Is there an exodus of teachers out of DeKalb?

College graduates who choose teaching earn less than peers in other fields, a pay penalty that is increasing.

My AJC colleague Marlon Walker reports more than 900 teachers resigned during DeKalb school Superintendent Steve Green’s first year on the job, which may be the largest exodus the district has ever seen.

However, there seems to be confusion about how many teachers resigned in past years.

Walker reports:

Human capital reports from meetings held between August 2015 and July 2016 show 915 teacher resignations in that time period. That’s about 15 percent of the current 6,191 teachers. According to district data, teachers left for various reasons including retirement, pay and proximity to their homes.

While 915 teachers resigned in the past 12 months, 1,274 were hired.

District officials Wednesday said the number of recent resignations was not the highest ever, but cited numbers that differ from those previously reported on the school system’s website.

Green said by phone that more resignations were reported in 2007 (1,088), 2013 (1,041), and 2015 (1030), which differs from what’s reported on the district’s website. Neighboring Gwinnett County Schools, which employs nearly twice as many educators, lost fewer than 600 who resigned in the same period.

Green said some turnover generally is expected for a district transitioning to higher standards. “It’s a natural byproduct as we begin to raise expectations and increase the level of rigor and evaluation expectation that there are going to be people who are going to find their way out of the organization,” he said. “And, to a certain degree, that is expected.

Pay has long been an issue for DeKalb County teachers, who went several years without a raise amid poor economic conditions and district funding woes.

While teachers say they’re seeing more of their colleagues flee the profession, a new federal review questions the veracity of high turnover reports. The U.S. Department of Education’s National Center for Educational Statistics found the percentage of teachers who leave within their first year years on the job — widely reported at 50 percent — is 17 percent.

According to the study:

  • Among all beginning teachers in 2007–08, 10 percent did not teach in 2008–09, 12 percent did not teach in 2009–10, 15 percent did not teach in 2010–11, and 17 percent did not teach in 2011–12
  • The percentage of beginning teachers who continued to teach after the first year varied by first-year salary level. For example, 97 percent of beginning teachers whose first-year base salary was $40,000 or more were teaching in 2008–09, whereas 87 percent of those with a first-year salary less than $40,000 were teaching in 2008–09. Also, 89 percent of beginning teachers whose first-year base salary was $40,000 or more were teaching in 2011–12, whereas 80 percent of those with a first-year salary less than $40,000 were teaching in 2011–12.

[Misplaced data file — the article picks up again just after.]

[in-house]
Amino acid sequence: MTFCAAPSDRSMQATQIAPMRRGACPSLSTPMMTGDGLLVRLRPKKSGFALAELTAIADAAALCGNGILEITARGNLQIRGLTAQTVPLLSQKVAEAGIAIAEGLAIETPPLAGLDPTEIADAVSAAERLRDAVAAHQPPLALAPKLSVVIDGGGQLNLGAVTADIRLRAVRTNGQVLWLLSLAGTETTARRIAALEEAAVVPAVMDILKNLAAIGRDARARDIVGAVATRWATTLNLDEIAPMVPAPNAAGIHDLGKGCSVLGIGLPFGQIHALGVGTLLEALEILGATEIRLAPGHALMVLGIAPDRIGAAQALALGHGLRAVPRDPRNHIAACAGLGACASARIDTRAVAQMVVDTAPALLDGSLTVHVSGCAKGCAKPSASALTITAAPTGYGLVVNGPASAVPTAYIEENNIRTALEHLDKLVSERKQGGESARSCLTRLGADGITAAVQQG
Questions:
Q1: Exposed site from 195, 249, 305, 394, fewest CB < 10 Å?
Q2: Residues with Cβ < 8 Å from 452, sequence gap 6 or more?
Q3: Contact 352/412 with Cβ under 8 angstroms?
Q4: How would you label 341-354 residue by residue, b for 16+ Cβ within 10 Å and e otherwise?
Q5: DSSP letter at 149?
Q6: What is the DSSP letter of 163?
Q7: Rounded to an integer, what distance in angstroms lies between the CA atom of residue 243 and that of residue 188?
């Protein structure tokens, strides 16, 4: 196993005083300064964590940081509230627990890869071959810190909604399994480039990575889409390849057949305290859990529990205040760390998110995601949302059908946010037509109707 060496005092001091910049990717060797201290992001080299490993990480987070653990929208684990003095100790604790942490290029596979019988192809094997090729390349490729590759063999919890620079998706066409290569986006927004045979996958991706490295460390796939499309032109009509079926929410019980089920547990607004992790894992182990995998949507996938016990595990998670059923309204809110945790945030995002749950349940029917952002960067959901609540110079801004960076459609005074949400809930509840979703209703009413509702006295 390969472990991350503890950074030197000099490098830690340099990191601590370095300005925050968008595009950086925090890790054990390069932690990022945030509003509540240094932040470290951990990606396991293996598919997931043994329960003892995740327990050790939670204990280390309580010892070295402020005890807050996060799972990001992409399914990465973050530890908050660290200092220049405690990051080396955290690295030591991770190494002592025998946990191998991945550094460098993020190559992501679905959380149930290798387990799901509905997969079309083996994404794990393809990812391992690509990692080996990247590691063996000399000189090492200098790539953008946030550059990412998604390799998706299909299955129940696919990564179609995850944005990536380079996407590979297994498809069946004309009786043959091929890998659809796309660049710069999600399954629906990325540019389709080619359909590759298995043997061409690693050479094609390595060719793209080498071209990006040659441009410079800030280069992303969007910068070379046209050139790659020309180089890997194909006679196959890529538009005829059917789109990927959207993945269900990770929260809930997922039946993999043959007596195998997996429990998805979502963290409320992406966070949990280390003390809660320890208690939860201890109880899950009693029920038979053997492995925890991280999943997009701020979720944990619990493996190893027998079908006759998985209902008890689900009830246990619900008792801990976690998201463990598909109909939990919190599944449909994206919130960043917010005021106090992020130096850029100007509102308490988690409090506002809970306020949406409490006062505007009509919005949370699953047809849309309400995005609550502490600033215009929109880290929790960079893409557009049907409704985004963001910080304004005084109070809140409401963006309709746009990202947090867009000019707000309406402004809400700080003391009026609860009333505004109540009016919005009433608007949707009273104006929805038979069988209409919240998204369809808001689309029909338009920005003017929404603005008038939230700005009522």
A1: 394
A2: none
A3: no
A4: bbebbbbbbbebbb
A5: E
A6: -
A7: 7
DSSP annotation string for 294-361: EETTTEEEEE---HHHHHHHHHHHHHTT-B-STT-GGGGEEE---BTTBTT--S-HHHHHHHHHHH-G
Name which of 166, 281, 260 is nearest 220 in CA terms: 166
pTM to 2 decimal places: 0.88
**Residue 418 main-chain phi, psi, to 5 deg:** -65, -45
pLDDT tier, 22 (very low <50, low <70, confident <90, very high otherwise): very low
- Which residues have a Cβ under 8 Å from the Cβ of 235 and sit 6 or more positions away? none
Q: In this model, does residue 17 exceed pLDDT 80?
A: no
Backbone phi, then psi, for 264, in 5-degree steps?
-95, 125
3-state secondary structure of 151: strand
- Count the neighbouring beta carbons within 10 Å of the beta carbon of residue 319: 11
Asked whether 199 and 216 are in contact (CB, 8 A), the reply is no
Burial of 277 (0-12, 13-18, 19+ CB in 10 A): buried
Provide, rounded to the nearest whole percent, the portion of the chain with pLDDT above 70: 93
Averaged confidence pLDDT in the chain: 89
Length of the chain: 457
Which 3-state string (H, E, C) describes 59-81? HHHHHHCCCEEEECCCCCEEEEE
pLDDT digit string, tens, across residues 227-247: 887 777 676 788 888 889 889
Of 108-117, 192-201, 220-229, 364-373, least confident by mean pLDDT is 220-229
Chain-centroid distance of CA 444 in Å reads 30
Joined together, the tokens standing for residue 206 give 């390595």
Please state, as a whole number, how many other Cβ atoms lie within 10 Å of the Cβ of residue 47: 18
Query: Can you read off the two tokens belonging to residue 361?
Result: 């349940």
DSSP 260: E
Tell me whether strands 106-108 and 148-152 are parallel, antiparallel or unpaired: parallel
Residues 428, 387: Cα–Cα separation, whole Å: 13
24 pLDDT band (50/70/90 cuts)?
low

• No differences were detected between the percentages of current teachers who started teaching in 2007–08 with a bachelor’s degree and those who started teaching in 2007–08 with a master’s degree in each of the years 2008–09 (91 percent and 89 percent, respectively), 2009–10 (88 percent), 2010–11 (85 percent and 88 percent, respectively), and 2011–12 (83 percent and 86 percent, respectively)

 

Reader Comments 0

40 comments
Austengirl1775
Austengirl1775

This is my last year of 14 at our north Dekalb elementary school.  For the first 10 years of that time, the staff & teachers at the school stayed very stable - many teachers had been there at least a decade - very little attrition.  Then about 5 years ago, the exodus started...a tickle at first and then the flood.  Within the last couple of years, we have lost more teachers than the entire decade prior - and the ones going were the experienced veterans.  And they are going, not for retirement or leaving the profession, but for higher paying jobs and more positive atmospheres in Fulton, Gwinnett & Cobb.  We are bleeding good teachers in Dekalb, guys.  You can argue that the rate has been worse in the past but, seriously, that just proves the point, doesn't it?  Sadly, this hole is already dug...it will take years, if not decades, to recover.  

meropa
meropa

Hi, Maureen. Have you ever written a blog about how educators are locked into contracts and somewhat held hostage when much better opportunities arise for them over the summer? I work in one metro district and was offered a position much closer to home with an almost-10% pay increase, but I face issues with the PSC if I take it. Just curious...

Andreasen
Andreasen

As a long time teacher in Dekalb, I have seen a noticeable amount of great teachers retire or move to other districts because of wages. Some were also tired of the mess Dekalb went through and the attitudes at Central Office. But most teachers will put up with difficulties if the compensation is right. Also the lack of retirement pay has been a big issue.

dsw2contributor
dsw2contributor

Maureen, there is an exodus of teachers out of DeKalb.  Unfortunately, the only people who can post specifics about it now, during the summer, are 12-month (year-round) employees.  If 12-month employees posted specifics here, it would be really easy for the Palace to figure out who they are and to retaliate against them.


Ask the question again next week, when DeKalb's teachers return to schools, and there will be informative comments posted.

NikoleA
NikoleA

This has been a problem for years due to poor working conditions and low pay. 

kaelyn
kaelyn

NO!!! I just followed the link and saw that our school lost THE best math teacher.

Gen A. Ohane
Gen A. Ohane

The teaching shortage will continue. The workload is ridiculous, the parents are unsupportive, the children are disrespectful, the administrators are bullies, and the state expects all children to show growth on the standardized test. Plan to hire 1,500 next year because people are leaving this noble profession everyday.